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Two Brooklyn students receive top honors in bookmaking competition

Winning Books, Honorable Mentions Exhibited From May 4-22 at Brooklyn Public Library

May 7, 2015 Brooklyn Daily Eagle
The Ezra Jack Keats Foundation announced the citywide winners of the 2015 Ezra Jack Keats Bookmaking Competition: left, “The Brown M Train,” by Kevin Zeng (Grade 12, P.S. 77, Brooklyn); center, “The History Wheel of Coney Island,” by Amelia Samoylov (Grade 8, I.S. 98, The Bay Academy for the Arts and Sciences, Brooklyn); right, “When Fall Turns to Winter,” by John Lee (Grade 5, P.S. 193, Alfred J. Kennedy, Queens).
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Two Brooklyn students earned top honors in the 29th annual Ezra Jack Keats Bookmaking Competition. The Ezra Jack Keats Foundation, in partnership with the New York City Department of Education, recently announced the competition winners for grades 3-12. Citywide and borough-winning books, honorable mentions and all school-wide-winning books will be on exhibit at the Brooklyn Public Library Central Library at Grand Army Plaza through May 22.

At an awards ceremony to be held on May 15 in the Tweed Courthouse, headquarters of the New York City Department of Education, the citywide and borough winners and honorable mention recipients of the Bookmaking Competition will be given medals. In addition, the foundation will give the citywide winners $500 and the borough winners $100.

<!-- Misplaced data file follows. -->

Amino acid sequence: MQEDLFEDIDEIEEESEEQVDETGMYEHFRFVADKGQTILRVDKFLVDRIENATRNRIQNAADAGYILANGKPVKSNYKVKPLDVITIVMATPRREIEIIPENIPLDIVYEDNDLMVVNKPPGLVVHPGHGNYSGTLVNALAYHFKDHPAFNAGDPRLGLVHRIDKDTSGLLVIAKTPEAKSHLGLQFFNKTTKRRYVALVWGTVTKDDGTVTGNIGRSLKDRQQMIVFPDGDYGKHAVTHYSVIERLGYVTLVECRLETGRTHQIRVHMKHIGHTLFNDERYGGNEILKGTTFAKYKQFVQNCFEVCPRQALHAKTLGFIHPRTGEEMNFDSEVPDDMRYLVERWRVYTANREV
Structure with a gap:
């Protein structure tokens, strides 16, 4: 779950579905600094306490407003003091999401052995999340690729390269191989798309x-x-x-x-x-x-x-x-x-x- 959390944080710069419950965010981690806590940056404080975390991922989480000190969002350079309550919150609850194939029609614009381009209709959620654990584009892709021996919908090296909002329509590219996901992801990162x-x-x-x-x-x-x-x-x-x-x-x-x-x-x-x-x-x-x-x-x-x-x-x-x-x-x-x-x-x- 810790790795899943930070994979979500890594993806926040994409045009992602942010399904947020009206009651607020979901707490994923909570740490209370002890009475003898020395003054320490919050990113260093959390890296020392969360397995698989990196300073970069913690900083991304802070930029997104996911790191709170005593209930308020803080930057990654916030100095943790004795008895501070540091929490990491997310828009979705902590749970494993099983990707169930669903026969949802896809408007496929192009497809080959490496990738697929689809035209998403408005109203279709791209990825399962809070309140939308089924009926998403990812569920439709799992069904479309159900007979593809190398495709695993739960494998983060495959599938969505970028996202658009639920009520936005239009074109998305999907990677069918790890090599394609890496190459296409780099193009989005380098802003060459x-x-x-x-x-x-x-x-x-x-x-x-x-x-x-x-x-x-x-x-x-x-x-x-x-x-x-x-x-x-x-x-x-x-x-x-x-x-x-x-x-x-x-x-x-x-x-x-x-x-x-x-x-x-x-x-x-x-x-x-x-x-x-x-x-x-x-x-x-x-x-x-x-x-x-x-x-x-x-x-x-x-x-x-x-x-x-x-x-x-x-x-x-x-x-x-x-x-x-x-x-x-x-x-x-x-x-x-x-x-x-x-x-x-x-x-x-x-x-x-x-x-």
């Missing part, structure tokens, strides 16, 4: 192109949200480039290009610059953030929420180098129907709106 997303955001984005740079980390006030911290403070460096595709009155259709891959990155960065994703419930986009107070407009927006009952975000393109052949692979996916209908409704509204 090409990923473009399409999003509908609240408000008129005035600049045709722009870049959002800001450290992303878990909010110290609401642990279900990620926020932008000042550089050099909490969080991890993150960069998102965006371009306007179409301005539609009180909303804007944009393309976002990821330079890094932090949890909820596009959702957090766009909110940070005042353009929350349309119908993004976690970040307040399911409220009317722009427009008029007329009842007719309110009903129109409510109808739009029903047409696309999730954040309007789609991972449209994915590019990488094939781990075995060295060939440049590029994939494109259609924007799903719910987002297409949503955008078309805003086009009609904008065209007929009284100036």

“These talented young writers and illustrators have worked hard over many months to bring their ideas and creative spirit to life through their books,” said Deborah Pope, executive director of the foundation. “It was at public school that Ezra first received recognition for his talent, which encouraged him to pursue his dreams. Our hope is that this award will inspire these young people to follow their dreams, too.”

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The Ezra Jack Keats Bookmaking Competition is divided into three categories: elementary (grades 3-5), middle (grades 6-8) and high school (grades 9-12).  

Kevin Zeng, a 12th grader at P.S. 77 in Brooklyn, was the citywide winner for grades 9-12. He says he made his book, “The Brown M Train,” as “a protest. I want the MTA to reinstate the brown M train. Now I have to ride the R train, which is too slow and too crowded. I love to draw, so using colored pencils, I spent three months drawing pictures for my book and making a case for bringing the M train back. I presented my book to the president of the MTA. I’ve also started a petition that already has 506 signatures on it. I’m not going to give up until the brown M train is back in service,” Zeng said.

Amelia Samoylov, an 8th-grader at I.S. 98 (The Bay Academy for the Arts and Sciences) in Brooklyn, was a citywide winner for grades 6-7 for her book, “The History Wheel of Coney Island.” “My home — Coney Island — is such a special place and so close to my heart that I wanted to learn about its rich history and share it with others. Because the Ferris wheel is such a big part of Coney Island, I created a large, movable one that became the centerpiece of my book,” said Samoylov.

John Lee, a fifth-grader at P.S. 193 (Alfred J. Kennedy) in Queens, was a citywide winner for grades 3-5 for his book “When Fall Turns to Winter.”  

 Student books are created under the supervision of a teacher and/or librarian. The judging panel is comprised of New York-based librarians, artists, teachers and others involved in promoting diversity in children’s literature. The panel focuses on the quality of writing, illustrations and presentation.  

For a complete list of city-wide and borough winners, visit 2015 Bookmaking Competition Winners at the Ezra Jack Keats Foundation website (ezra-jack-keats.org).

 


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